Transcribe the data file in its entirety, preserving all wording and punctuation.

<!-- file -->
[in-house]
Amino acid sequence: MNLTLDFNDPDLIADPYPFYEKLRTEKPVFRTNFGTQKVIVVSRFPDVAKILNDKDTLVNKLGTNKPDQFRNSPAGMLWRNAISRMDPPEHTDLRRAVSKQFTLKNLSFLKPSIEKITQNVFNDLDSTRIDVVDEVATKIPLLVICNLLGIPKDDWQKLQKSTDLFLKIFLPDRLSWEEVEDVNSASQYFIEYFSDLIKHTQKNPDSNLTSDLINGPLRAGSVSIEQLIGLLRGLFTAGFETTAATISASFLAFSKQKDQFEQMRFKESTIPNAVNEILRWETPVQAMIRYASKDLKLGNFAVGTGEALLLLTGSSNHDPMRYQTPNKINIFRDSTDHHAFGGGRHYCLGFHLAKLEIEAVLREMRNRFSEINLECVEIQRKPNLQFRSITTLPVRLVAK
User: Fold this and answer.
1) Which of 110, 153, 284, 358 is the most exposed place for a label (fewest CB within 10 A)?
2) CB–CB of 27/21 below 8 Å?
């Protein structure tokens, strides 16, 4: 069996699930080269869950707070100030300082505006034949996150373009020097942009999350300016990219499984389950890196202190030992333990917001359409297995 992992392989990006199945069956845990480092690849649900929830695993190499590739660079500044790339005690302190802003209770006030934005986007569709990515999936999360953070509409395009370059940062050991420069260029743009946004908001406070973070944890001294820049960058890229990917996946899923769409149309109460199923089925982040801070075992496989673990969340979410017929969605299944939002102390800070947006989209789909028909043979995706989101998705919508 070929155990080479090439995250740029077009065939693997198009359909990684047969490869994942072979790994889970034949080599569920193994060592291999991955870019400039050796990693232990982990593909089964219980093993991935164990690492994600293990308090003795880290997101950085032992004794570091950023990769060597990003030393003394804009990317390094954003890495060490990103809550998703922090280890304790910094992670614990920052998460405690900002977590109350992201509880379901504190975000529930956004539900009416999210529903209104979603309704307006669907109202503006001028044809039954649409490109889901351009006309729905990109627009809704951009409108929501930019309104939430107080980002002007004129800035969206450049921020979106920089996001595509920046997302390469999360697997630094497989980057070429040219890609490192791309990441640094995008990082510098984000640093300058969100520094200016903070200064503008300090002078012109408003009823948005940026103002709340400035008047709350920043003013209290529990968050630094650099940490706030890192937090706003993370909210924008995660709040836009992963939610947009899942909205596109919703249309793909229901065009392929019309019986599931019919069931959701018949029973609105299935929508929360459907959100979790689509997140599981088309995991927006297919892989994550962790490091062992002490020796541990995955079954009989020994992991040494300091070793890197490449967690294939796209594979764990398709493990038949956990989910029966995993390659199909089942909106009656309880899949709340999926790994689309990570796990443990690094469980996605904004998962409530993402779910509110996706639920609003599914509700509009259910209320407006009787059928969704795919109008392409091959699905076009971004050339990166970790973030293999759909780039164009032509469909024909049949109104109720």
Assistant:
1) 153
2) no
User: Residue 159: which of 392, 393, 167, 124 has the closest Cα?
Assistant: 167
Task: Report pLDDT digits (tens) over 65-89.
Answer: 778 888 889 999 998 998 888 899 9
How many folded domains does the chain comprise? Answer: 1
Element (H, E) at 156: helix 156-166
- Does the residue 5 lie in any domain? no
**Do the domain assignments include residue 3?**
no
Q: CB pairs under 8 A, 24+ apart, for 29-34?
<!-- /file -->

[in-house]
Amino acid sequence: MNLTLDFNDPDLIADPYPFYEKLRTEKPVFRTNFGTQKVIVVSRFPDVAKILNDKDTLVNKLGTNKPDQFRNSPAGMLWRNAISRMDPPEHTDLRRAVSKQFTLKNLSFLKPSIEKITQNVFNDLDSTRIDVVDEVATKIPLLVICNLLGIPKDDWQKLQKSTDLFLKIFLPDRLSWEEVEDVNSASQYFIEYFSDLIKHTQKNPDSNLTSDLINGPLRAGSVSIEQLIGLLRGLFTAGFETTAATISASFLAFSKQKDQFEQMRFKESTIPNAVNEILRWETPVQAMIRYASKDLKLGNFAVGTGEALLLLTGSSNHDPMRYQTPNKINIFRDSTDHHAFGGGRHYCLGFHLAKLEIEAVLREMRNRFSEINLECVEIQRKPNLQFRSITTLPVRLVAK
User: Fold this and answer.
1) Which of 110, 153, 284, 358 is the most exposed place for a label (fewest CB within 10 A)?
2) CB–CB of 27/21 below 8 Å?
């Protein structure tokens, strides 16, 4: 069996699930080269869950707070100030300082505006034949996150373009020097942009999350300016990219499984389950890196202190030992333990917001359409297995 992992392989990006199945069956845990480092690849649900929830695993190499590739660079500044790339005690302190802003209770006030934005986007569709990515999936999360953070509409395009370059940062050991420069260029743009946004908001406070973070944890001294820049960058890229990917996946899923769409149309109460199923089925982040801070075992496989673990969340979410017929969605299944939002102390800070947006989209789909028909043979995706989101998705919508 070929155990080479090439995250740029077009065939693997198009359909990684047969490869994942072979790994889970034949080599569920193994060592291999991955870019400039050796990693232990982990593909089964219980093993991935164990690492994600293990308090003795880290997101950085032992004794570091950023990769060597990003030393003394804009990317390094954003890495060490990103809550998703922090280890304790910094992670614990920052998460405690900002977590109350992201509880379901504190975000529930956004539900009416999210529903209104979603309704307006669907109202503006001028044809039954649409490109889901351009006309729905990109627009809704951009409108929501930019309104939430107080980002002007004129800035969206450049921020979106920089996001595509920046997302390469999360697997630094497989980057070429040219890609490192791309990441640094995008990082510098984000640093300058969100520094200016903070200064503008300090002078012109408003009823948005940026103002709340400035008047709350920043003013209290529990968050630094650099940490706030890192937090706003993370909210924008995660709040836009992963939610947009899942909205596109919703249309793909229901065009392929019309019986599931019919069931959701018949029973609105299935929508929360459907959100979790689509997140599981088309995991927006297919892989994550962790490091062992002490020796541990995955079954009989020994992991040494300091070793890197490449967690294939796209594979764990398709493990038949956990989910029966995993390659199909089942909106009656309880899949709340999926790994689309990570796990443990690094469980996605904004998962409530993402779910509110996706639920609003599914509700509009259910209320407006009787059928969704795919109008392409091959699905076009971004050339990166970790973030293999759909780039164009032509469909024909049949109104109720």
Assistant:
1) 153
2) no
User: Residue 159: which of 392, 393, 167, 124 has the closest Cα?
Assistant: 167
Task: Report pLDDT digits (tens) over 65-89.
Answer: 778 888 889 999 998 998 888 899 9
How many folded domains does the chain comprise? Answer: 1
Element (H, E) at 156: helix 156-166
- Does the residue 5 lie in any domain? no
**Do the domain assignments include residue 3?**
no
Q: CB pairs under 8 A, 24+ apart, for 29-34?